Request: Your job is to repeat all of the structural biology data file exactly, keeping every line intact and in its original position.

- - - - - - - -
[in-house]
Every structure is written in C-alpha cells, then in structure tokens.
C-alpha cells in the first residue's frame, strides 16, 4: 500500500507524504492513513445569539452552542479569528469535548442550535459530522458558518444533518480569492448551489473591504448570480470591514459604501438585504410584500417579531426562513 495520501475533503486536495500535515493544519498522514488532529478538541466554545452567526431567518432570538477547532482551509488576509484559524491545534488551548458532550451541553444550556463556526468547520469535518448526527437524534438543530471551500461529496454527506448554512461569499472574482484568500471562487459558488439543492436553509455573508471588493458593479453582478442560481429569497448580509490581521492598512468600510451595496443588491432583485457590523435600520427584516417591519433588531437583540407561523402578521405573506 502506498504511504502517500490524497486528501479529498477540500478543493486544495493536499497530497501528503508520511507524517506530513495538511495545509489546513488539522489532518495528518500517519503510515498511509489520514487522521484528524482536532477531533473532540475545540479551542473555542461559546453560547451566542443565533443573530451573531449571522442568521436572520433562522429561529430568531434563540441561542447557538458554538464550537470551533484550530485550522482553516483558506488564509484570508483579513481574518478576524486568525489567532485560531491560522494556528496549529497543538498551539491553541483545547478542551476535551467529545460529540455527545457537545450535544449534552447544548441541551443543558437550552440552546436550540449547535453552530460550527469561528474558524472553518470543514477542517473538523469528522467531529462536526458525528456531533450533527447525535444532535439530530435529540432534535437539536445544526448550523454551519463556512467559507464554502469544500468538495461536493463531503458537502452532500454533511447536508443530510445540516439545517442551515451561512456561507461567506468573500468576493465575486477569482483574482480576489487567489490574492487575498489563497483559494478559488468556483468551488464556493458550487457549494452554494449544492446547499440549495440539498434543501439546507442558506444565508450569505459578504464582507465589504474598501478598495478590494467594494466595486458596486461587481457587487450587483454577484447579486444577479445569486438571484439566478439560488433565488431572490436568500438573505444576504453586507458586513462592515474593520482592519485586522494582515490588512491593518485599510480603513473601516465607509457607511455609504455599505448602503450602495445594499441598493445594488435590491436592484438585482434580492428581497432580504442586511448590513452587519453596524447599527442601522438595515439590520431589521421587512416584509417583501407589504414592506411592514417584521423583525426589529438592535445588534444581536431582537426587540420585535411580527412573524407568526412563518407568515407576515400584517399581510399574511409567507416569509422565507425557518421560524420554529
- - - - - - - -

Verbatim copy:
[in-house]
Every structure is written in C-alpha cells, then in structure tokens.
C-alpha cells in the first residue's frame, strides 16, 4: 500500500507524504492513513445569539452552542479569528469535548442550535459530522458558518444533518480569492448551489473591504448570480470591514459604501438585504410584500417579531426562513 495520501475533503486536495500535515493544519498522514488532529478538541466554545452567526431567518432570538477547532482551509488576509484559524491545534488551548458532550451541553444550556463556526468547520469535518448526527437524534438543530471551500461529496454527506448554512461569499472574482484568500471562487459558488439543492436553509455573508471588493458593479453582478442560481429569497448580509490581521492598512468600510451595496443588491432583485457590523435600520427584516417591519433588531437583540407561523402578521405573506 502506498504511504502517500490524497486528501479529498477540500478543493486544495493536499497530497501528503508520511507524517506530513495538511495545509489546513488539522489532518495528518500517519503510515498511509489520514487522521484528524482536532477531533473532540475545540479551542473555542461559546453560547451566542443565533443573530451573531449571522442568521436572520433562522429561529430568531434563540441561542447557538458554538464550537470551533484550530485550522482553516483558506488564509484570508483579513481574518478576524486568525489567532485560531491560522494556528496549529497543538498551539491553541483545547478542551476535551467529545460529540455527545457537545450535544449534552447544548441541551443543558437550552440552546436550540449547535453552530460550527469561528474558524472553518470543514477542517473538523469528522467531529462536526458525528456531533450533527447525535444532535439530530435529540432534535437539536445544526448550523454551519463556512467559507464554502469544500468538495461536493463531503458537502452532500454533511447536508443530510445540516439545517442551515451561512456561507461567506468573500468576493465575486477569482483574482480576489487567489490574492487575498489563497483559494478559488468556483468551488464556493458550487457549494452554494449544492446547499440549495440539498434543501439546507442558506444565508450569505459578504464582507465589504474598501478598495478590494467594494466595486458596486461587481457587487450587483454577484447579486444577479445569486438571484439566478439560488433565488431572490436568500438573505444576504453586507458586513462592515474593520482592519485586522494582515490588512491593518485599510480603513473601516465607509457607511455609504455599505448602503450602495445594499441598493445594488435590491436592484438585482434580492428581497432580504442586511448590513452587519453596524447599527442601522438595515439590520431589521421587512416584509417583501407589504414592506411592514417584521423583525426589529438592535445588534444581536431582537426587540420585535411580527412573524407568526412563518407568515407576515400584517399581510399574511409567507416569509422565507425557518421560524420554529